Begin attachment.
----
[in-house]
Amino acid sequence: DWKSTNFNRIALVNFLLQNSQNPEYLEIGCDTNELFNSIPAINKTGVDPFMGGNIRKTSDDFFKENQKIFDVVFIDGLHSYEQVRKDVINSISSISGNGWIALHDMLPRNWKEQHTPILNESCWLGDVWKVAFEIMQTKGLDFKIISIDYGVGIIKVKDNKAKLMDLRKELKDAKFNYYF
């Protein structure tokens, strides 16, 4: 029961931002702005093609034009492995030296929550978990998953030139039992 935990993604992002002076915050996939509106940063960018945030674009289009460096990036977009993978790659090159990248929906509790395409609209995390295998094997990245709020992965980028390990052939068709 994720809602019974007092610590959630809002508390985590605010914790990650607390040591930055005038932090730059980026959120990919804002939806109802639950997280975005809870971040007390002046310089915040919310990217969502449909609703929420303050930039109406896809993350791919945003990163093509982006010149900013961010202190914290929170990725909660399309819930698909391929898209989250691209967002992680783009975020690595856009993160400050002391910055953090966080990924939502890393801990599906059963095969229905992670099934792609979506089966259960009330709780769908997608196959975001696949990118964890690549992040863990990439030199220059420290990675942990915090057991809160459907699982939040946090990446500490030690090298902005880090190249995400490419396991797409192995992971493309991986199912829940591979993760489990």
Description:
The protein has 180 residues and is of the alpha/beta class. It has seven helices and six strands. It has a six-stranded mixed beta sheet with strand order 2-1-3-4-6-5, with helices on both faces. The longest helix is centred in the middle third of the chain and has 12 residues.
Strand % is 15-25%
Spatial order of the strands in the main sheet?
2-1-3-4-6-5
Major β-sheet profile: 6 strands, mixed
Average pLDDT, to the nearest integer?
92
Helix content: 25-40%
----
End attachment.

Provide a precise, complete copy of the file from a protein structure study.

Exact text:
[in-house]
Amino acid sequence: DWKSTNFNRIALVNFLLQNSQNPEYLEIGCDTNELFNSIPAINKTGVDPFMGGNIRKTSDDFFKENQKIFDVVFIDGLHSYEQVRKDVINSISSISGNGWIALHDMLPRNWKEQHTPILNESCWLGDVWKVAFEIMQTKGLDFKIISIDYGVGIIKVKDNKAKLMDLRKELKDAKFNYYF
């Protein structure tokens, strides 16, 4: 029961931002702005093609034009492995030296929550978990998953030139039992 935990993604992002002076915050996939509106940063960018945030674009289009460096990036977009993978790659090159990248929906509790395409609209995390295998094997990245709020992965980028390990052939068709 994720809602019974007092610590959630809002508390985590605010914790990650607390040591930055005038932090730059980026959120990919804002939806109802639950997280975005809870971040007390002046310089915040919310990217969502449909609703929420303050930039109406896809993350791919945003990163093509982006010149900013961010202190914290929170990725909660399309819930698909391929898209989250691209967002992680783009975020690595856009993160400050002391910055953090966080990924939502890393801990599906059963095969229905992670099934792609979506089966259960009330709780769908997608196959975001696949990118964890690549992040863990990439030199220059420290990675942990915090057991809160459907699982939040946090990446500490030690090298902005880090190249995400490419396991797409192995992971493309991986199912829940591979993760489990």
Description:
The protein has 180 residues and is of the alpha/beta class. It has seven helices and six strands. It has a six-stranded mixed beta sheet with strand order 2-1-3-4-6-5, with helices on both faces. The longest helix is centred in the middle third of the chain and has 12 residues.
Strand % is 15-25%
Spatial order of the strands in the main sheet?
2-1-3-4-6-5
Major β-sheet profile: 6 strands, mixed
Average pLDDT, to the nearest integer?
92
Helix content: 25-40%